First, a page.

The space race – rockets, satellites, record-breaking cosmonauts – was a way for Soviet artists to adopt avant-garde ideas under the cloak of propaganda.I
It stands outside the gates of the Exhibition of Achievements of National Economy, the giant trade-show-meets-amusement-park intended to show off the might of Soviet industry and science. It was built at a time when the USSR was leading the space race. A time when, to quote the submarine captain in the movie The Hunt for Red October, “the world trembled at the sound of our rockets”. The Monument to the Conquerors of Space is cosmic art on an out-of-this-world scale.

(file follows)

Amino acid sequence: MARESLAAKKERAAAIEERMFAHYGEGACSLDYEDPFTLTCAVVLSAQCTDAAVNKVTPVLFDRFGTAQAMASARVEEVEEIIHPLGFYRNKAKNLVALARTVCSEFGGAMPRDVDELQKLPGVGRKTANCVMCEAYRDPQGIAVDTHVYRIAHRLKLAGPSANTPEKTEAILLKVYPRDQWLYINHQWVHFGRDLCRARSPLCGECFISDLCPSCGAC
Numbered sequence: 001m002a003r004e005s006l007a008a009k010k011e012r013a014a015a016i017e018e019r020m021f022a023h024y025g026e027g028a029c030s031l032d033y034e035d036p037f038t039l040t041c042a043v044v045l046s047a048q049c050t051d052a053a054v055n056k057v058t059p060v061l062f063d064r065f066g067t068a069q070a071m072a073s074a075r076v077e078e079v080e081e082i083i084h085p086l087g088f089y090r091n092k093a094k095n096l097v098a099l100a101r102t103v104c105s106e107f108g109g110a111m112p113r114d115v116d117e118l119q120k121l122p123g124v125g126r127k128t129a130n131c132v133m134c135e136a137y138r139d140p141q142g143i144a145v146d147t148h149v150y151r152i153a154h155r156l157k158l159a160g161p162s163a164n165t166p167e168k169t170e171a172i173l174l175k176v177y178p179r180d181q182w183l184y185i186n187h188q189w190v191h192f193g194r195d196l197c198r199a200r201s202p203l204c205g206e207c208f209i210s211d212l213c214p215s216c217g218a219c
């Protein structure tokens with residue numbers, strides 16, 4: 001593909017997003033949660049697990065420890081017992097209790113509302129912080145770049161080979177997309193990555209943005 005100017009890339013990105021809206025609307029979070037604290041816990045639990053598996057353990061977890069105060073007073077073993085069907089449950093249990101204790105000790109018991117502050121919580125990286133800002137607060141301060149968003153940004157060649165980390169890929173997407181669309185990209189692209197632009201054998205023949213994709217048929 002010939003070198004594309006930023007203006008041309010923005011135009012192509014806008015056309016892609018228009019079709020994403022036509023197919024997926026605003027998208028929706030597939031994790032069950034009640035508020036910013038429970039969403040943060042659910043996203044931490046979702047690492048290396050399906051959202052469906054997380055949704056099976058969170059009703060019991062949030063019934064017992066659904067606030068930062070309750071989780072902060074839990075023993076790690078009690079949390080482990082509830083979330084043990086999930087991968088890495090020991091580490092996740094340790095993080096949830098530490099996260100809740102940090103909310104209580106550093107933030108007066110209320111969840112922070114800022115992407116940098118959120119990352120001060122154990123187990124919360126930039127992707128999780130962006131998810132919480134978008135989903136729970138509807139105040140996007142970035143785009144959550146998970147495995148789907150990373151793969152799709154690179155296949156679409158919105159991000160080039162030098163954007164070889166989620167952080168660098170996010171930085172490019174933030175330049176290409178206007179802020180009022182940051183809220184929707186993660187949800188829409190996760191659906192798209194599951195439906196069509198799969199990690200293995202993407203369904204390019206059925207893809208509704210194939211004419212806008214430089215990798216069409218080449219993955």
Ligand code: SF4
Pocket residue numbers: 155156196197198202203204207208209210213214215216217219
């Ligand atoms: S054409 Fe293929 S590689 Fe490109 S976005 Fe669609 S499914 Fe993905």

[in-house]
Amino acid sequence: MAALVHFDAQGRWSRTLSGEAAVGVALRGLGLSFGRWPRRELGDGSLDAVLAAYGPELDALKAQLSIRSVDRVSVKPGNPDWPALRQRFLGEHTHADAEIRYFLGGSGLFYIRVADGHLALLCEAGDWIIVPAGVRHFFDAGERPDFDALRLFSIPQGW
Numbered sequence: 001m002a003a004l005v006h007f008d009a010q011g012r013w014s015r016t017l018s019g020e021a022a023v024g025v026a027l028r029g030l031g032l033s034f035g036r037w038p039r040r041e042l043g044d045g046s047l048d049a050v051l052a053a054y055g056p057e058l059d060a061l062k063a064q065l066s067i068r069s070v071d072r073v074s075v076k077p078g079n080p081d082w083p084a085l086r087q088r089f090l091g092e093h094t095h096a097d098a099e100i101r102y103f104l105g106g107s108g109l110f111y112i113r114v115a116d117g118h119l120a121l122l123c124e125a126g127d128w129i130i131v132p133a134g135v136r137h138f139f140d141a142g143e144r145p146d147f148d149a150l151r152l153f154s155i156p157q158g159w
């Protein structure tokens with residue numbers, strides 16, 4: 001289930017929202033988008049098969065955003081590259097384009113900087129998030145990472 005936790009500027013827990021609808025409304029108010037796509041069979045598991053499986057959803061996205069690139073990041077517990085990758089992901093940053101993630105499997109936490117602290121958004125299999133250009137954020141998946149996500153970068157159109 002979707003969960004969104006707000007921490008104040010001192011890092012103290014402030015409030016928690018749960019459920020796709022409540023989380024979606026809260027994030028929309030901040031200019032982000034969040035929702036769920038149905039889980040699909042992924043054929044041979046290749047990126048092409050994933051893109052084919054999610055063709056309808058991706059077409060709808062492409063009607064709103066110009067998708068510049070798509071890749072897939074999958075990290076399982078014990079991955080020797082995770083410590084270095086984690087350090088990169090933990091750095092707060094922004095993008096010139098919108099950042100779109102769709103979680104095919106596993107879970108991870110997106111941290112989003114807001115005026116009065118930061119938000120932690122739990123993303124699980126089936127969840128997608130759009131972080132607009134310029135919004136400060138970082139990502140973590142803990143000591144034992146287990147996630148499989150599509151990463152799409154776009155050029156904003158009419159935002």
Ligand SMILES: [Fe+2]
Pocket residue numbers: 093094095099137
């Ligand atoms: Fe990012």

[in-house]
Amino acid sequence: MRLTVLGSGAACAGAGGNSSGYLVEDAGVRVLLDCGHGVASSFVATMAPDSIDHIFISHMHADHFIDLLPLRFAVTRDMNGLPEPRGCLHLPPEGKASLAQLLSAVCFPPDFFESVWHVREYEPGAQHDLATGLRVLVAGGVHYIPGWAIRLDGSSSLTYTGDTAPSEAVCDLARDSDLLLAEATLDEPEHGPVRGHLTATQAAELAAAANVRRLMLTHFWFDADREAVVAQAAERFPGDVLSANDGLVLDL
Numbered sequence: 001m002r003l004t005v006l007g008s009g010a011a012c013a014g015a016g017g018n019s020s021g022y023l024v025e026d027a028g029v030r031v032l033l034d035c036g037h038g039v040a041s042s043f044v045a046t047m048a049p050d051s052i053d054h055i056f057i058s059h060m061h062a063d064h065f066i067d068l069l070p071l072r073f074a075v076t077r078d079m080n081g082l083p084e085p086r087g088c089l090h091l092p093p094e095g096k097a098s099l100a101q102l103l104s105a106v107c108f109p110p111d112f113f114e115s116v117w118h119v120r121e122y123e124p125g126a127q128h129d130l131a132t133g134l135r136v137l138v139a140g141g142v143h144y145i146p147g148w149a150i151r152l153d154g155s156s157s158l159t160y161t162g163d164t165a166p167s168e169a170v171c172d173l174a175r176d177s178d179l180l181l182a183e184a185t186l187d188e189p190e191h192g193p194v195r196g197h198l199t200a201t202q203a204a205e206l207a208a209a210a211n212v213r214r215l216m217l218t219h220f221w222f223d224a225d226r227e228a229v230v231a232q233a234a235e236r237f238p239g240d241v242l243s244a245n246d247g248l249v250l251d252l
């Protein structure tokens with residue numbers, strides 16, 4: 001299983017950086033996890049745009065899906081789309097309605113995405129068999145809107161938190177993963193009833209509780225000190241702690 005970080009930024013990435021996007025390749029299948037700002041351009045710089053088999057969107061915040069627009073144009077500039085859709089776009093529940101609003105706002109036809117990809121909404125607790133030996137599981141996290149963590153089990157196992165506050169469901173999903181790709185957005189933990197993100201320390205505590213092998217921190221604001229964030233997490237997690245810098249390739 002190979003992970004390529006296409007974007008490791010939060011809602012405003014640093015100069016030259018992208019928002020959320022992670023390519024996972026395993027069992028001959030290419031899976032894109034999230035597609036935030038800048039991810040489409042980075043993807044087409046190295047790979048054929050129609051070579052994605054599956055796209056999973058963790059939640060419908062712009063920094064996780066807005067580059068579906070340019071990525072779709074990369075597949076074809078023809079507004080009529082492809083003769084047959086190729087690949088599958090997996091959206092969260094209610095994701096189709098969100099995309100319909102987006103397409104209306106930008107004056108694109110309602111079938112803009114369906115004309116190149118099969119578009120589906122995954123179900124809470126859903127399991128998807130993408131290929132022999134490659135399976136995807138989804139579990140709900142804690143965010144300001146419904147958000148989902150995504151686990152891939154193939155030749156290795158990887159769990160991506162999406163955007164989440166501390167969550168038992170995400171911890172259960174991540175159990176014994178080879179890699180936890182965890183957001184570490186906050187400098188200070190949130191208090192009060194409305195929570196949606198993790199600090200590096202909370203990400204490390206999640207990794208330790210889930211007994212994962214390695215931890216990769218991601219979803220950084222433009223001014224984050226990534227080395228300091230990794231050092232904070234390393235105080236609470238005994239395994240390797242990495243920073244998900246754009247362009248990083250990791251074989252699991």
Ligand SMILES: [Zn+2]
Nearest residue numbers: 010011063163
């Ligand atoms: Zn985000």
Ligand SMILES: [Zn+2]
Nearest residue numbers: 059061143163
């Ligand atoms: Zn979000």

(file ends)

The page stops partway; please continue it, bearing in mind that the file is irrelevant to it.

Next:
Built of titanium, the 107m (351ft) tall sculpture of a rocket shooting from the ground towers above anything in the exhibition park itself – it’s nearly twice as tall as the Vostok rockets whose missions inspired it, one of which is on display inside the park. The titanium-clad granite sculpture is so large that its base is big enough to house an entire museum, the Memorial Museum of Cosmonautics.
In a political system where religion was banned and only the most revolution-friendly pre-Soviet figures were exalted, Soviet artists turned instead to the iconography of Soviet leaders such as Lenin, the symbols of the USSR’s industry and science – and space.
The Soviet Union’s early lead in the space race, spearheaded by captured German scientists and the brilliance of designers such as Sergei Korolev, became a new canvas for Soviet artists, sculptors and product designers. But its roots go far deeper than that, says Alexandra Sankova, the director of the Moscow Design Museum.